VFF President David Jochinke said shire rates is a “huge one across the state” for farmers at a Bass Electorate candidates’ night in Grantville last week. m084518

THE system is broken, where the crushing impost of farm rates is concerned, and something has to give.
That was the clear message delivered to Bass Electorate hopefuls at a ‘meet the candidates’ forum organised by the Victorian Farmers Federation in Grantville last Tuesday night.
Sure, they wanted to talk about the lack of local road funding, mental health support, education opportunities, our disgraceful public transport system, telecommunications, the urban sprawl and poor planning, the cost of energy, the impact of climate change and even the threat posed by AGL’s gas import terminal to Western Port.
But they came back time and time again to farm rates and the unfair burden carried by farmers.
Independent candidate Ronnie Bauer of Phillip Island was the first to mention rates, but he was moaning about the relative cost of rates in Bass Coast compared to what he pays in Melbourne.
It’s a familiar refrain from those who own a house in the city and one by the coast.
“My rates in Bass Coast are $2000 more than what I’m paying in Melbourne,” he said.
But Clare Le Serve kicked off the debate saying that while Bass Coast Shire had recently introduced a rate differential for farm land, and other initiatives, “more needs to be done statewide”.
Everyone took a chop at it then with the Liberals’ candidate and sitting member, Brian Paynter saying the Coalition parties had promised an independent inquiry into farm rates in Victoria if the Coalition wins government on November 24.
Polling reveals that this is a longshot with Labor well in front and so far, not committed to changing how rates are levied on farming land in Victoria.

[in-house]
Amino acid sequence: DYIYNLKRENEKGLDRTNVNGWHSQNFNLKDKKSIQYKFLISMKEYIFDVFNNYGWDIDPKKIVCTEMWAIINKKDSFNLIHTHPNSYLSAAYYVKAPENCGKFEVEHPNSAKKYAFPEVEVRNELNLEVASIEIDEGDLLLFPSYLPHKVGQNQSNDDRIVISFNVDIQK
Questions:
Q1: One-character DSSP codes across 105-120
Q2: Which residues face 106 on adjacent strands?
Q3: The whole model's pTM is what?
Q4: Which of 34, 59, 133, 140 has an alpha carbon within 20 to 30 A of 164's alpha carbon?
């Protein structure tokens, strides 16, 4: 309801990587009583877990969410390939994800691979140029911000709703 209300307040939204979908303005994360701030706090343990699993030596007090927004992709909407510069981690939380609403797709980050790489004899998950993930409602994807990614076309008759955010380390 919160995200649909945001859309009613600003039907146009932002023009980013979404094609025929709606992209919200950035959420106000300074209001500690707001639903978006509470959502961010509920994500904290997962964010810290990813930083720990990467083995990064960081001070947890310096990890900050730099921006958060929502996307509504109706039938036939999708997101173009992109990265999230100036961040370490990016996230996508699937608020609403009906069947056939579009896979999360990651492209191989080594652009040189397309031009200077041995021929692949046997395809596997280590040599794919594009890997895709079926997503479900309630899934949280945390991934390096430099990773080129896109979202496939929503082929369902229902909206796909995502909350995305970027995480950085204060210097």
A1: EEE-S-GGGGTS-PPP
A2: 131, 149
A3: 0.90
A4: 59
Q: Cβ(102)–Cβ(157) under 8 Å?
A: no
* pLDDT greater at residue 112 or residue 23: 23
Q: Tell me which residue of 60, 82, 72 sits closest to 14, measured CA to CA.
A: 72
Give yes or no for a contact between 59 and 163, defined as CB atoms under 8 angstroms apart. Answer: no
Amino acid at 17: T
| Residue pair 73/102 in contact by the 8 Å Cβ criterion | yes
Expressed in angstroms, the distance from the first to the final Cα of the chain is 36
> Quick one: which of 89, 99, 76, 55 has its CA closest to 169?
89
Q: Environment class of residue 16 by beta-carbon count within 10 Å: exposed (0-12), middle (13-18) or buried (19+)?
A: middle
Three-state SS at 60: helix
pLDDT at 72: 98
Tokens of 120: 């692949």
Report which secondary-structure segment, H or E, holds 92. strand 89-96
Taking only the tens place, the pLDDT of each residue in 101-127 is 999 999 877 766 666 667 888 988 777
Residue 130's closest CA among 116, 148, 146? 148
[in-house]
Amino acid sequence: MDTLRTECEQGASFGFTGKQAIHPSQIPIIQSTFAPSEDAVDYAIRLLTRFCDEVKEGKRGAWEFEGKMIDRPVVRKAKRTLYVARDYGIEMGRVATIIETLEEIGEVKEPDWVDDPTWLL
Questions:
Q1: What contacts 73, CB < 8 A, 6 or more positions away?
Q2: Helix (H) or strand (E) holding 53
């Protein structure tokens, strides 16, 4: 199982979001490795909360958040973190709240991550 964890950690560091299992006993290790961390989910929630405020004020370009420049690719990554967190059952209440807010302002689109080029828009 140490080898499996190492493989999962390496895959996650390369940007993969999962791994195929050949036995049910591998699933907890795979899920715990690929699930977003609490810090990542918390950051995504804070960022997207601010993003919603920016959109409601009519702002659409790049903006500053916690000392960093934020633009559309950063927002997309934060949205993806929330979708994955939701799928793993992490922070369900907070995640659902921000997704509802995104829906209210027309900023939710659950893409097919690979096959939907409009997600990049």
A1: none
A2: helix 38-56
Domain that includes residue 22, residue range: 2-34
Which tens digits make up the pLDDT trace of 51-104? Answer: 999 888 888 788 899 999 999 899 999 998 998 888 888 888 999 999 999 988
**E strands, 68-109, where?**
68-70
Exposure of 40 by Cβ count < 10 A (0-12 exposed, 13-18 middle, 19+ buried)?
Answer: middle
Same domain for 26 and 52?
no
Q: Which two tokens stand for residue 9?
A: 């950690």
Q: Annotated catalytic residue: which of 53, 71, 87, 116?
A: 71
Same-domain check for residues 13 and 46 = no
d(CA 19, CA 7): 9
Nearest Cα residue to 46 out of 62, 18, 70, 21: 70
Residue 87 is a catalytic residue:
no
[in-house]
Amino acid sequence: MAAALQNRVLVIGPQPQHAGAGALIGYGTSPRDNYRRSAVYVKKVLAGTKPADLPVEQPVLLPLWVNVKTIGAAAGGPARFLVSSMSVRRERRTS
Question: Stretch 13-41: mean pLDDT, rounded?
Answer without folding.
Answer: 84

Newly elected President of the Bass Coast Branch of the VFF, Neville Chapman, wants the local shire and government to go all the way on farm rates.
“You all say that farm land is valuable and that it should be protected well if you really believe that, don’t charge rates on farming land at all,” he said when posing a question to the candidates.
“The system has got to change,” he said, noting that the high level of rates had forced people off the land on Phillip Island and in coastal areas, in particular.
He favours a system where farmers only pay rates on the value of their house with the rates on the farm portion either dropped completely or heavily discounted in line with the rates on commercial property.
VFF President David Jochinke was also in attendance and acknowledged that while roads, health and education constantly came up at the VFF forums around the state, “rates is a huge one right across the state”.
“I urge you to follow through on what has been discussed tonight. Take it up with the candidates and also keep them up to it when the election is over,” he told a packed Grantville Hall.
Later in the week, he officially welcomed the Coalition’s initiative.
“The Coalition’s announcement of an inquiry into rates is the first sign any of the major parties or candidates have heard farmers’ repeated calls that ‘enough is enough’ on the issue of
Victoria’s unfair and unsustainable rating system, and the VFF welcomes this,” Mr Jochinke said.
“The commitment to an independent inquiry on rates represents a significant breakthrough for the VFF’s 2018 state election campaign, but farmers will still be seeking further details and definite timelines in relation to any review.”
According to the Coalition’s announcement, the terms of reference will direct that the inquiry must deliver actionable recommendations that help to make rates fair for farmers across Victoria, with rates to be capped while the review is carried out.